Martin Short is receiving an outpouring of love following a controversial hit piece about the actor.
On Friday (September 8), Slate published an article titled “Why We Keep Putting Up With Martin Short”, which described him as “devastatingly unfunny”.
Writer Dan Kois stated in the piece: “Throughout his evolution from sketch-comedy standout to uneasy movie star to twice-failed talk-show host to enthusiastic song-and-dance man, I’ve wrinkled my nose.
“Every time he dresses up in a silly outfit or says something outrageous or mugs for the audience, I want to shout at the screen: Why are you being like this?”
Kois’s claims have struck a nerve, with social media now filled with posts explaining why the article was “nasty” and “misguided”. At the time of writing on Saturday (9 September), Short was the number one trending topic on X/Twitter.
Clips of Short from SNL, his cameo roles in sitcoms such as Curb Your Enthusiasm, Arrested Development and Modern Family, as well as his interviews are being widely shared alongside messages of support for the actor.
Ben Stiller wrote: “Martin Short is a comedic genius. End of story,” with Succession actor J Smith Cameron adding: “The infamous Martin Short article is filled with clips or references to characters that the writer finds annoying somehow, but are so entertaining that the article is a valentine in spite of itself.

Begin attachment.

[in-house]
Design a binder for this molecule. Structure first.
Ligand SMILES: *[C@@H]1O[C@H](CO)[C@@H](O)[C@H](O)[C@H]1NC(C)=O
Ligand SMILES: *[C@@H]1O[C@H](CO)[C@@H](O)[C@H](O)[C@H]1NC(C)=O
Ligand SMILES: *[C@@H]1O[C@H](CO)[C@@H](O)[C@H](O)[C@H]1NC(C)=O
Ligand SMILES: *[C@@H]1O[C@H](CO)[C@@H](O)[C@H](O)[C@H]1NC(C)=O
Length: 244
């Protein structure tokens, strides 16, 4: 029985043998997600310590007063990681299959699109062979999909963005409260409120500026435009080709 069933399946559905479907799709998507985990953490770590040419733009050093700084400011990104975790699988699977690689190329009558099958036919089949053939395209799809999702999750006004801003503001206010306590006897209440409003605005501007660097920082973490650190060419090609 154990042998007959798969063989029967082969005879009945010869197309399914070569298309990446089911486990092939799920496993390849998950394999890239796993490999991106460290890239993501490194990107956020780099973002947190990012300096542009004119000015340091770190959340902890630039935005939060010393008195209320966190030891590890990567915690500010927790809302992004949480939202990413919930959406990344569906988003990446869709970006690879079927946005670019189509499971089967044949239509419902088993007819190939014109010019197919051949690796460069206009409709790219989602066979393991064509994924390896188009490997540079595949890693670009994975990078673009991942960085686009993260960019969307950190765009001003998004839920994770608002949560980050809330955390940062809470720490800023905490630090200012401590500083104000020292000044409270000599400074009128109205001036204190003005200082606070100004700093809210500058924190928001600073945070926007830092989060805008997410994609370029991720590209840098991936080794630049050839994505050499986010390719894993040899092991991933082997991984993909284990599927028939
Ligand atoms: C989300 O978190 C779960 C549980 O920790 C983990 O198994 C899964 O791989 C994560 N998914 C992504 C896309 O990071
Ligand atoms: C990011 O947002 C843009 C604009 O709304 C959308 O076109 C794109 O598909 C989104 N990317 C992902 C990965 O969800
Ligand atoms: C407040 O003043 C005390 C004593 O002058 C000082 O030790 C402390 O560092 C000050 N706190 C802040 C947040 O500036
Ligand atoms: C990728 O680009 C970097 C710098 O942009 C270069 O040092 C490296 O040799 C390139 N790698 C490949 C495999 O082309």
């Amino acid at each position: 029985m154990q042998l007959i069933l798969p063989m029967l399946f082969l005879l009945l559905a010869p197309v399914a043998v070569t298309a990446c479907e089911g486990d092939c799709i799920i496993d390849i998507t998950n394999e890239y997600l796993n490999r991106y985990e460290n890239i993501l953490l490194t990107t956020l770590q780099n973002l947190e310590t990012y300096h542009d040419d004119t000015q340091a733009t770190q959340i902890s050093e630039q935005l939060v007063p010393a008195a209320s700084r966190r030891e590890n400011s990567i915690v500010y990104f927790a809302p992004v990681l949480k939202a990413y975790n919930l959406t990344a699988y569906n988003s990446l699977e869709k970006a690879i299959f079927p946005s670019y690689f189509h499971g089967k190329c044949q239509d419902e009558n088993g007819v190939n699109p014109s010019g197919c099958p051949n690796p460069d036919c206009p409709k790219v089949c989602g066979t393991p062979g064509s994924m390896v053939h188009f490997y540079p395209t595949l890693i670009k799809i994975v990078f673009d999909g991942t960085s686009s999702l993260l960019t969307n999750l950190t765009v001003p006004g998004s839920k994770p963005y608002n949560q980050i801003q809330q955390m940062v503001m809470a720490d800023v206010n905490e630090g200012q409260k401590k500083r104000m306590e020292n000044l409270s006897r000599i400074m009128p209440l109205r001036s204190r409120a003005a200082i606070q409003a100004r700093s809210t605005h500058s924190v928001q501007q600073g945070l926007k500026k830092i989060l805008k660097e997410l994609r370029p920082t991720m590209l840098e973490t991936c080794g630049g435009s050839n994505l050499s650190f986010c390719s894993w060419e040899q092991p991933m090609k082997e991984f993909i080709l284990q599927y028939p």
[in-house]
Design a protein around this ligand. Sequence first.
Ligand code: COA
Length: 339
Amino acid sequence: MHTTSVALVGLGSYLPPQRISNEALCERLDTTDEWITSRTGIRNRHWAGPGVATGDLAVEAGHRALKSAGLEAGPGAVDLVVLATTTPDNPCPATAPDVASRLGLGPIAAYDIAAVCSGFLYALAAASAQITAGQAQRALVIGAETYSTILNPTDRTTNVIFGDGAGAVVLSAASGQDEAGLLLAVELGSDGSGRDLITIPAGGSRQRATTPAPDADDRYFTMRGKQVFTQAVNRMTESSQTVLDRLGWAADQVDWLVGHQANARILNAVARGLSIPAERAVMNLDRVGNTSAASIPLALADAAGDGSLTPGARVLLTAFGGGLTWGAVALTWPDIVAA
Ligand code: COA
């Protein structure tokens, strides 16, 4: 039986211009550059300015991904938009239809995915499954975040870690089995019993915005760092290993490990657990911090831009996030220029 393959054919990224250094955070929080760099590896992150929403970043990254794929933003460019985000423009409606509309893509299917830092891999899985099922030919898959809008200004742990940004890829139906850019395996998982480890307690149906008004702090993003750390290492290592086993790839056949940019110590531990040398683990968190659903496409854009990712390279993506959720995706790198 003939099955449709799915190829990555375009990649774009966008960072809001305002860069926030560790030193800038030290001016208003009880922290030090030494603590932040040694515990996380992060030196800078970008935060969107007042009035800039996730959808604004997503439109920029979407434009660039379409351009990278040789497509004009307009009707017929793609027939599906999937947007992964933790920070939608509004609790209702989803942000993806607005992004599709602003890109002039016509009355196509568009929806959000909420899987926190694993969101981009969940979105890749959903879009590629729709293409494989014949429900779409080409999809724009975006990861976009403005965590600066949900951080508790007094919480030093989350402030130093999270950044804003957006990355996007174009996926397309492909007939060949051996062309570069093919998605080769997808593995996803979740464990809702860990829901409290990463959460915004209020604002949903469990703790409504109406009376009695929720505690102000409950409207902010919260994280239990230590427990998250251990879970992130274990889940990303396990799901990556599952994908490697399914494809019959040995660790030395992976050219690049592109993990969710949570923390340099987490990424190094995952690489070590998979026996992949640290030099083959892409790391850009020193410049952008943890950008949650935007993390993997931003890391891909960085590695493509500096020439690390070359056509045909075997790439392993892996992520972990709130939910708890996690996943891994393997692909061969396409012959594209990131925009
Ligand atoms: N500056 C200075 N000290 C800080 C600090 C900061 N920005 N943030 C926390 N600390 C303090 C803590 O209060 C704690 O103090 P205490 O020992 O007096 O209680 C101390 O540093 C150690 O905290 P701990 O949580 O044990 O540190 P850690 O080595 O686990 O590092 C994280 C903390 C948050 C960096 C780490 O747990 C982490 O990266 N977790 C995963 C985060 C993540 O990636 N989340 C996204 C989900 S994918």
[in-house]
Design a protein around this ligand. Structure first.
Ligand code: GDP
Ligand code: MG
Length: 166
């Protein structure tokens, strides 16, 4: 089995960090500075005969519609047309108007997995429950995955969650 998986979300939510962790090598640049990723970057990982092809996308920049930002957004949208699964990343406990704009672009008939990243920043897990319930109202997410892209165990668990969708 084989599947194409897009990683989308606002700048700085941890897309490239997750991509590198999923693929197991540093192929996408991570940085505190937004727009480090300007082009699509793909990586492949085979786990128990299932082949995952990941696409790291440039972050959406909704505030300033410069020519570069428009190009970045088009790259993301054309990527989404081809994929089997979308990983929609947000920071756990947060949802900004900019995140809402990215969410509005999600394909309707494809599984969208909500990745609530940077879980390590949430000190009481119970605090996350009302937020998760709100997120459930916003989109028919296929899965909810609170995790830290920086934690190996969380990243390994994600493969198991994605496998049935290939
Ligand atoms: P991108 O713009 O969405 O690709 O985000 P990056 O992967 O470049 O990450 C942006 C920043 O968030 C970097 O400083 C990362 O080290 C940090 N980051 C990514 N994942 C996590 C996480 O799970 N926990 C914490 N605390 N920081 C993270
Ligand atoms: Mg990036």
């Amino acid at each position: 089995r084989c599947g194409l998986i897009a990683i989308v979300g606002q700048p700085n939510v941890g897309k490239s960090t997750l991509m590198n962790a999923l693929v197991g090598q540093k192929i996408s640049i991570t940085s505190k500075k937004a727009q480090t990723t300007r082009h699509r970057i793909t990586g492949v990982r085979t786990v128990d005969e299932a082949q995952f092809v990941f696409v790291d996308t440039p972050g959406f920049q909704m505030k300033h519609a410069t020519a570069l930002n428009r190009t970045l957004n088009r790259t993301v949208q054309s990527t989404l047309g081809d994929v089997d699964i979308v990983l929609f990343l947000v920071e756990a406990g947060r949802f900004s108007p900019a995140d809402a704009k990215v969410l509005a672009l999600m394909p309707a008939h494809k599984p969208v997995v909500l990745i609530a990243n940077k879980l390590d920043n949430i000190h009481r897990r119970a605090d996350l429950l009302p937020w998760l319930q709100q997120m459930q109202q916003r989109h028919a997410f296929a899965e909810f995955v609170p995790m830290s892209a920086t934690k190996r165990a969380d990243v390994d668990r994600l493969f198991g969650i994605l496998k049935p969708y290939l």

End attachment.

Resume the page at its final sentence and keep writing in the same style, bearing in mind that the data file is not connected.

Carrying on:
John Cusack waded in: “I don’t know what people are on about re Martin Short – but his Mister Rogers boxing match is my fav.”
Shortly after the article went live, This is Spinal Tap and Better Call Saul actor Michael McKean wrote: “Guy really blew the lid off of the whole Martin Short story, didn’t he?”
Short, who currently stars alongside Steve Martin and Selena Gomez in Only Murders in the Building, shot to fame as a sketch comedian in the late 1970s.
In 1984, he joined the cast of Saturday Night Live, where he created characters Jiminy Glick and Ed Grimley.
That same decade, the Canadian star, 73, made his Broadway debut and starred in films including Three Amigos and Innerspace. His other credits include the 1991 remake of Father of the Bride, and Tim Burton’s Mars Attacks! (1996).
From 2015, he has performed a stand-up tour with his regular collaborator Martin, and in 2017, a special that was filmed for Netflix received four Emmy nominations.
His role in Only Murders in the Building, in which he plays Broadway director and part-time sleuth Oliver Putnam, saw him receive an Emmy nomination for Outstanding Lead Actor in a Comedy Series. In total, he was won two Emmys and a Tony award.